WE feature two slams this week from rubber bridge (actually, Chicago, but same thing really) at £30 per hundred. It need hardly be said that mistakes would be very expensive.
Dealer South Neither vulnerable
with his Heart (of course, West really won it). Slam made.
Declarer had a blind spot on our second deal, a grand slam. (1) Rule of 20 opener—the highcard points in the hand added to the number of cards in the two longest suits reaching 20. (2) No need to rush. North goes slowly to hear his partner’s natural rebid. (3) May continue to progress slowly. However, the vast majority of the time, partner will hold six Diamonds for the repeat, so the practical jump to Six Diamonds has much going for it. Here, South has only five (good ones, mind), but Six Diamonds is the only makeable slam.
West led his singleton ten of Hearts, declarer winning dummy’s King and crossing to his AceKing-queen of Diamonds, hoping for a three-three split and 12 top tricks. He threw a Club from dummy on the third and watched East also discard (a Heart). It appears that declarer is a trick short, but watch.
Declarer cashed the Queen of Spades and crossed to the Aceking-knave, hoping that West would follow all the way (a necessary requirement for success, given that he had four Diamonds). He did follow. Declarer had thrown a Club and a Heart from hand and now cashed the Ace of Clubs and ruffed a Club. He then led up a second Heart.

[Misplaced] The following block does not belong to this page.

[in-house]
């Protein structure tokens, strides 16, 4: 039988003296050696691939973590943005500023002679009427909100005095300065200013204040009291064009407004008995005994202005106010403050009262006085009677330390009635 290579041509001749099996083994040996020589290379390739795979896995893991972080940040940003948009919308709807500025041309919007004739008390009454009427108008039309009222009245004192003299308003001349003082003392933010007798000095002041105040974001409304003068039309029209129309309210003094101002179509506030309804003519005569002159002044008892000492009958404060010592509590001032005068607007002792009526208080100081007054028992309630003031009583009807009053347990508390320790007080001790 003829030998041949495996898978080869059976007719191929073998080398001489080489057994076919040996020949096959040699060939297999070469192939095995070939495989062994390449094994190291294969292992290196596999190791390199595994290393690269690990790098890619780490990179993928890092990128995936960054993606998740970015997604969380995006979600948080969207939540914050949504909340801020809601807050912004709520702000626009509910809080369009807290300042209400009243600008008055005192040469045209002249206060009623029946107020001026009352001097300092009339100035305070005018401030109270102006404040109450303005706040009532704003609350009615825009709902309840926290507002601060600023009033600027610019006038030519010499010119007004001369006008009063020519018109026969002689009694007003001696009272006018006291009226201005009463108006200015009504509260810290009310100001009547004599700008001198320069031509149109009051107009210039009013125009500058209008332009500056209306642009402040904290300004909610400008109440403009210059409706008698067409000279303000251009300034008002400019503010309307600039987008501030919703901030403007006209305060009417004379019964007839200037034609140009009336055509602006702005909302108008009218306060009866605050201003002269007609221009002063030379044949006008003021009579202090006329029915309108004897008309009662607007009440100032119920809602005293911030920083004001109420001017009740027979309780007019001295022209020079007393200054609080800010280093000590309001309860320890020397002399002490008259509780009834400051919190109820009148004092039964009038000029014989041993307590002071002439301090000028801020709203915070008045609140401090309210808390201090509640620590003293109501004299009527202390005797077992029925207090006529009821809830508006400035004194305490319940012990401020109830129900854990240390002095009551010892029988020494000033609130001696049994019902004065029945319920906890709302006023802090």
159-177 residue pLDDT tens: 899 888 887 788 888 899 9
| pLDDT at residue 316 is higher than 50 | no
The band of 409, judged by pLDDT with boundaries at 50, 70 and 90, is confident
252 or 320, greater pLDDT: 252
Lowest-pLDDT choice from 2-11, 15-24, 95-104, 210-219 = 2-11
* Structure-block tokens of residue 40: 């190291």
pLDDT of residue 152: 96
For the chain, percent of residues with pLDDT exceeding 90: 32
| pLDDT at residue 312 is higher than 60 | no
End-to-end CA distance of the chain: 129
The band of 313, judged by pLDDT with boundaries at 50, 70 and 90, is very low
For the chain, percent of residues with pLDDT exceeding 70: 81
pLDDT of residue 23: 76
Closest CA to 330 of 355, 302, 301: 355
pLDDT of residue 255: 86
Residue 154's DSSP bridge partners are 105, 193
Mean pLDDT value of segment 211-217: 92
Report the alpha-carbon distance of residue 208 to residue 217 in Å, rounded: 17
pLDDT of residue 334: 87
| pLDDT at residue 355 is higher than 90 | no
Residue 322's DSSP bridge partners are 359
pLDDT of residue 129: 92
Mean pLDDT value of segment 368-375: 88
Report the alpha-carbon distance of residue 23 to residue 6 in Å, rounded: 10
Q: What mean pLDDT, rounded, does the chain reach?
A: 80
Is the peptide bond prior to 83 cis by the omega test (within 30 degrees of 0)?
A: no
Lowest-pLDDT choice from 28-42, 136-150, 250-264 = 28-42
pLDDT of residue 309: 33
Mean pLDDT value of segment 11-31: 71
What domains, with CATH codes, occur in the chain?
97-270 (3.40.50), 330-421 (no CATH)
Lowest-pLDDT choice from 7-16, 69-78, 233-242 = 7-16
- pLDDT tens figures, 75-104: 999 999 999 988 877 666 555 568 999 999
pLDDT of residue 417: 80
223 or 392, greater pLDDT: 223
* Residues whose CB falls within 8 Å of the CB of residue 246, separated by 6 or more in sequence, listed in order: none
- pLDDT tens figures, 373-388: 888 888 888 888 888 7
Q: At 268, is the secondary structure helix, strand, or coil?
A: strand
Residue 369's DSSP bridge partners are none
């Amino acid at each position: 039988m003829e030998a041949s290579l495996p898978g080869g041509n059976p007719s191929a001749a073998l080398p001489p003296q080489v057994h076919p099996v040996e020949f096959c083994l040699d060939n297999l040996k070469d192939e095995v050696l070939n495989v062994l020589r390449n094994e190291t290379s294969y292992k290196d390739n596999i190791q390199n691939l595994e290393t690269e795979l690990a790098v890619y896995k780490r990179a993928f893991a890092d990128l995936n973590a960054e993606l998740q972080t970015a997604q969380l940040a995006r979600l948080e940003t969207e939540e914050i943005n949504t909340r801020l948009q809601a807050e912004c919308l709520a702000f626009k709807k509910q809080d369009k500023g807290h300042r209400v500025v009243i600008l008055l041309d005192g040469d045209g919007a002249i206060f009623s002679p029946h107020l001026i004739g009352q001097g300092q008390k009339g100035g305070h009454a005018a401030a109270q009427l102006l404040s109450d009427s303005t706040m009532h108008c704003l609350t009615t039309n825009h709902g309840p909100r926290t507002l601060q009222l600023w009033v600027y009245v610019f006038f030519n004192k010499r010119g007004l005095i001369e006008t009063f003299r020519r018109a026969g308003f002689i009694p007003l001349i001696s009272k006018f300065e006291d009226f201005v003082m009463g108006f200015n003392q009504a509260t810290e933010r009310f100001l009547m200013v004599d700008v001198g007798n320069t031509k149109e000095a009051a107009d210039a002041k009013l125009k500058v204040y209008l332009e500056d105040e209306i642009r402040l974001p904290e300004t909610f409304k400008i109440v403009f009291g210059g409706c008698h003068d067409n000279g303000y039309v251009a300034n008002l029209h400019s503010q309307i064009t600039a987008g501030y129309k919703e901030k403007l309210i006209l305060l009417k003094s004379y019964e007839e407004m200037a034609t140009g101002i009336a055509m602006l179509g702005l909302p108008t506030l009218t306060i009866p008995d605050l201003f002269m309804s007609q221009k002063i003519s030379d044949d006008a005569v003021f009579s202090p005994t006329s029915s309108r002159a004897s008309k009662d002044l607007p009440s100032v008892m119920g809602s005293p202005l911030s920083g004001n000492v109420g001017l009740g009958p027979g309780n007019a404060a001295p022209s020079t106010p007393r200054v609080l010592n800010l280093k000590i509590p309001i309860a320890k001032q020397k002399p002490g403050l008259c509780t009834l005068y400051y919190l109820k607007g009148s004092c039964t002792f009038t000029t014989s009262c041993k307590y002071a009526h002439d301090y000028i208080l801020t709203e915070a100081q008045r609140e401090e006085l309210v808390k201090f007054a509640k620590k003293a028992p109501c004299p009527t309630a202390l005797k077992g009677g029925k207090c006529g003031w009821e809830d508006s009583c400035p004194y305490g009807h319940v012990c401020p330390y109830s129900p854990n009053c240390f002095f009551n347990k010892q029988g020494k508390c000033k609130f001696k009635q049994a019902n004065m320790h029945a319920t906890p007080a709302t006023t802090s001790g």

It would do West no good to ruff in front of dummy, so he discarded a Club. Declarer won dummy’s Ace and ruffed a third Club with his last trump.
Declarer had garnered the first 12 tricks, leaving both opponents (in a sense) to score the last trick, West with his trump and East
Dealer South North-south vulnerable
Declarer won West’s King of Diamonds opening lead with dummy’s Ace. He drew trumps, then hurriedly cashed three rounds of Spades to discard his Diamond loser. He cashed the Ace of Clubs (in case of a singleton Queen), ruffed a Diamond back to hand, then led up a second Club. It was the percentage play at this point to finesse dummy’s Knave and that is what declarer did. Down one, when East scooped up the trick with his Queen.
You couldn’t blame declarer for preferring the Club finesse at the point he had reached. His mistake had come earlier. Instead of discarding a Diamond on dummy’s third Spade, he should have discarded a Club. He now plays Aceking of Clubs. Here, the Queen falls and he is home. More likely, the Queen will not fall.
Declarer now ruffs a third Club, hoping for a 3–3 split. If that proves to be the case, he can cross to dummy and cash the long Club, discarding his losing Diamond.
Playing the recommended way succeeds when the Queen of Clubs falls in three rounds, better than the 50–50 Club finesse. Only just mind, which is why declarer is entitled to feel somewhat aggrieved that he had turned a potential +2,210 into –100— a swing of £700-odd. (1) Weak two, so much more frequent than the traditional, stronger variety. Do you play them? You really should. (2) Not guaranteed, but just the King of Hearts and Queen of Clubs opposite will yield 13 top tricks.